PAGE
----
was a most accomplished pianist and supported his family
financially from an early age playing the piano in dockside
bordellos in the port of Hamburg. His output for the piano
spanned his entire life. He made many piano reductions of
his various orchestral, choral and chamber works; many of
them for piano-duo. This allowed them greater accessibility
to a much wider audience. Only recently I heard on the radio
a performance of Brahms’ own four-handed piano reduction
of the mighty German Requiem.
Naxos release is volume 14 in their series of Brahms’ Four-Hand
Piano Music and features the Piano Quartet No. 2, another
welcome addition to the catalogue. Brahms wrote his first
and second piano quartets within a year of each other between
1861 and 1862. The composer was said to be especially fond
of the second which differs from the first in that fragmentary
motives are used in place of developed melodies. Brahms
wrote a third piano quartet in c minor that he commenced
earlier in 1855 and then discarded. He later transposed,
revised and published the score in 1875 as his op. 60.
born pianists Silke-Thora Matthies and Christian Köhn have
been performing as a partnership for twenty years. The duo
have been consistently impressing with memorable and sparkling
performances in this series. In the expansive second A major
Quartet the pairing of Matthies and Köhn provide impressive
force and power in the passionate thematic material towards
the end of the lengthy opening movement. The duo’s playing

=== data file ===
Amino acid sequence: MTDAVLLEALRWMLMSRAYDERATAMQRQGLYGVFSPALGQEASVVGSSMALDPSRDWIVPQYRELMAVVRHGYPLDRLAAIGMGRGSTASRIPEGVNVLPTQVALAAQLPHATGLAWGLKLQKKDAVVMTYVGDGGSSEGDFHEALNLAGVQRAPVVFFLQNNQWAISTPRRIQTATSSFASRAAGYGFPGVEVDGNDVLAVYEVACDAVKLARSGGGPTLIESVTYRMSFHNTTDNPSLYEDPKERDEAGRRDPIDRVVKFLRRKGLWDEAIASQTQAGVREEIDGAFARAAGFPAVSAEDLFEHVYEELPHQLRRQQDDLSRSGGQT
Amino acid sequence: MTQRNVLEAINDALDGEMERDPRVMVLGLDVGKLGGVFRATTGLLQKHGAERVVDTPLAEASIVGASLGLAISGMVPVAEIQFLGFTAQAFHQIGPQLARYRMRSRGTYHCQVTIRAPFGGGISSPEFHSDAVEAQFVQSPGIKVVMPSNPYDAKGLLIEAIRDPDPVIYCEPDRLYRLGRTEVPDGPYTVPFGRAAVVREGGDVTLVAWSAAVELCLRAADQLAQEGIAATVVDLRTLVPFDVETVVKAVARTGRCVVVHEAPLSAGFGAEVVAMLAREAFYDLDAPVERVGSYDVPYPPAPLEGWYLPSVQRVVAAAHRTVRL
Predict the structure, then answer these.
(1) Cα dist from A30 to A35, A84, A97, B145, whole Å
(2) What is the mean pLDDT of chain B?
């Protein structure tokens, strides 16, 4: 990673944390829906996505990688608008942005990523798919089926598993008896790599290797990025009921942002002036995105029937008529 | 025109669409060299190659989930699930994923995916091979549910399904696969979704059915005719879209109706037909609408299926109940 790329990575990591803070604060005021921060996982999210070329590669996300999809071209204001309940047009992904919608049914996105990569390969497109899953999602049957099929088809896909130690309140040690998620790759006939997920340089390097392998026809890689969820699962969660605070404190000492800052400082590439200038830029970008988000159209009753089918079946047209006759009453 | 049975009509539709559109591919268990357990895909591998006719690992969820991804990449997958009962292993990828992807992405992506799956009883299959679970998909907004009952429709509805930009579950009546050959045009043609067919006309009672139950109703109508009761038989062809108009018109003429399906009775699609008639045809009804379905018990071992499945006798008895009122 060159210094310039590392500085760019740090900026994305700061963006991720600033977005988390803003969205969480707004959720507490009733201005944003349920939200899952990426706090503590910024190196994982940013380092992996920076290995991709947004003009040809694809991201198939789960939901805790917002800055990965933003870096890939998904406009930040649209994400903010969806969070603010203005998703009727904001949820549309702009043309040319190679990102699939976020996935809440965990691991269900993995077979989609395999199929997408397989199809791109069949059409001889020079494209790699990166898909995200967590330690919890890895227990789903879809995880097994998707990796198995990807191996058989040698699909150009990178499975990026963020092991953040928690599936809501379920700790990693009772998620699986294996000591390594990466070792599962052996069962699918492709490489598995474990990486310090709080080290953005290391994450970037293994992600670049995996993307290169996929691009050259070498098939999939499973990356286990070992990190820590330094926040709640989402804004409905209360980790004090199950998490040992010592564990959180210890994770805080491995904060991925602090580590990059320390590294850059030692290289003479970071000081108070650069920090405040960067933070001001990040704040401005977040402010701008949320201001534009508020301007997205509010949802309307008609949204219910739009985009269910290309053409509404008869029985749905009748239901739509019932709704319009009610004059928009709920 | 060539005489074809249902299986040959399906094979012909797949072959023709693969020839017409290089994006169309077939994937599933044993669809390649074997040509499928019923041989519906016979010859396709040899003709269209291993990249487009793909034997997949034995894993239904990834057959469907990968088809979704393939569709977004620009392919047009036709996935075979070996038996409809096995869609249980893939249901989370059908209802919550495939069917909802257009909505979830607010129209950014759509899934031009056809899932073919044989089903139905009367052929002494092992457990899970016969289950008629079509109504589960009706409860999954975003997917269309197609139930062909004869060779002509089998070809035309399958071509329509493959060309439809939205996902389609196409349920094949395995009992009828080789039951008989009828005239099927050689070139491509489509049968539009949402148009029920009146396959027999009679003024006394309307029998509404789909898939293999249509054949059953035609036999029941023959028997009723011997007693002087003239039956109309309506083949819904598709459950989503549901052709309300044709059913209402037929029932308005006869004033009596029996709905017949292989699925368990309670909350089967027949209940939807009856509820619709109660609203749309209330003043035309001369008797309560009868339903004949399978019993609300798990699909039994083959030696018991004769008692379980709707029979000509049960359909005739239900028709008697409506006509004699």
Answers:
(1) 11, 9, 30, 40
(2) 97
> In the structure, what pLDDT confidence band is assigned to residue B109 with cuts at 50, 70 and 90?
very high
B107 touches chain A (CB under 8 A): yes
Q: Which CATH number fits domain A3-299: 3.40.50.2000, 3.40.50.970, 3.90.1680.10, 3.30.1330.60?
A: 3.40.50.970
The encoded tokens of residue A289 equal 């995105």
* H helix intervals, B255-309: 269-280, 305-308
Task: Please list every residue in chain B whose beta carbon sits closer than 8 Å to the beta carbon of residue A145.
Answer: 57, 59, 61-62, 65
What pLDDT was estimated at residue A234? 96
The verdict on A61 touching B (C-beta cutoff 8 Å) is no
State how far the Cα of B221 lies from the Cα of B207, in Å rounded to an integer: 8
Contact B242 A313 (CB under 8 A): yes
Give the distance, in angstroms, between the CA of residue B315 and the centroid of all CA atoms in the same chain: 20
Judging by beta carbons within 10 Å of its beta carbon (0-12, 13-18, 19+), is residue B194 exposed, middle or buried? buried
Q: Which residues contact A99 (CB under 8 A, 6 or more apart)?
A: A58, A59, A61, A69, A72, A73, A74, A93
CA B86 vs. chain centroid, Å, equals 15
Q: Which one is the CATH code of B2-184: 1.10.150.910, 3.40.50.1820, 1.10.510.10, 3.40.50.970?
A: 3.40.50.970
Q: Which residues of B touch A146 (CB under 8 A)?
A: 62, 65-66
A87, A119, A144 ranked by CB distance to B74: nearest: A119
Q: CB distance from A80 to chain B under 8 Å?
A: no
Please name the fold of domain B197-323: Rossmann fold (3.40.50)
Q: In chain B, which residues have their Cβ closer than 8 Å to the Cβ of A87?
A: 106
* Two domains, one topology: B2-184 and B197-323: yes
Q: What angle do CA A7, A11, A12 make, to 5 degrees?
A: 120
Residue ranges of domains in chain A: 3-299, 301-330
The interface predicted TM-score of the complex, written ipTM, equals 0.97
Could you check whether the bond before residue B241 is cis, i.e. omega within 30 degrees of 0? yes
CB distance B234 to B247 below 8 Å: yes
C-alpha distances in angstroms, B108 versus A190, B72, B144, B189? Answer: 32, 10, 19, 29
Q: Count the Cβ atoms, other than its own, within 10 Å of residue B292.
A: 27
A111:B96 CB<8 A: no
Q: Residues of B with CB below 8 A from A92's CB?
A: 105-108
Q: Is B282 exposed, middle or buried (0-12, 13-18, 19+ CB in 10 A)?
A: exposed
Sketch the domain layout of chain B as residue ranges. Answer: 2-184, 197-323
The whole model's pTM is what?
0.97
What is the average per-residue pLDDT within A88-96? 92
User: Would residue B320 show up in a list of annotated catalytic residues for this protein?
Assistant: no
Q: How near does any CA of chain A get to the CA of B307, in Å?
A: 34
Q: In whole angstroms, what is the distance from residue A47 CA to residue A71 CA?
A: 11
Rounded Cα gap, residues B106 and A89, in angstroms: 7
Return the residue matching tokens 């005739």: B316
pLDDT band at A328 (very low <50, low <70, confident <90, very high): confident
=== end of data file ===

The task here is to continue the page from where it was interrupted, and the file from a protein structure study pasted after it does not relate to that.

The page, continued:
is simply spellbinding in the brooding nocturne of the poco
adagio and bold and expressive in the large-scale scherzo;
with its unusual sonata form. Matthies and Köhn clearly
love this repertoire and their intense performance of the
powerful rhythmic momentum and robust thematic material
of the final movement allegro is especially spirited.
Five waltzes are a selection taken from the op. 39
set. The duo play this light and vivacious music effortlessly,
although their touch feels slightly too heavy at times.
Matthies and Köhn are especially graceful in the highly
tuneful A flat major waltz, the most celebrated piece
of the set and highly deserving of its elevated status.
At a total timing of 52:24 the disc represents short
measure which rather lets the release down. Goodness knows
why the remaining eleven waltzes of the set for four-hand
piano could have not been included.
have picked a winning combination with the supreme talents
of Matthies and Köhn.
see also Review
by Patrick Waller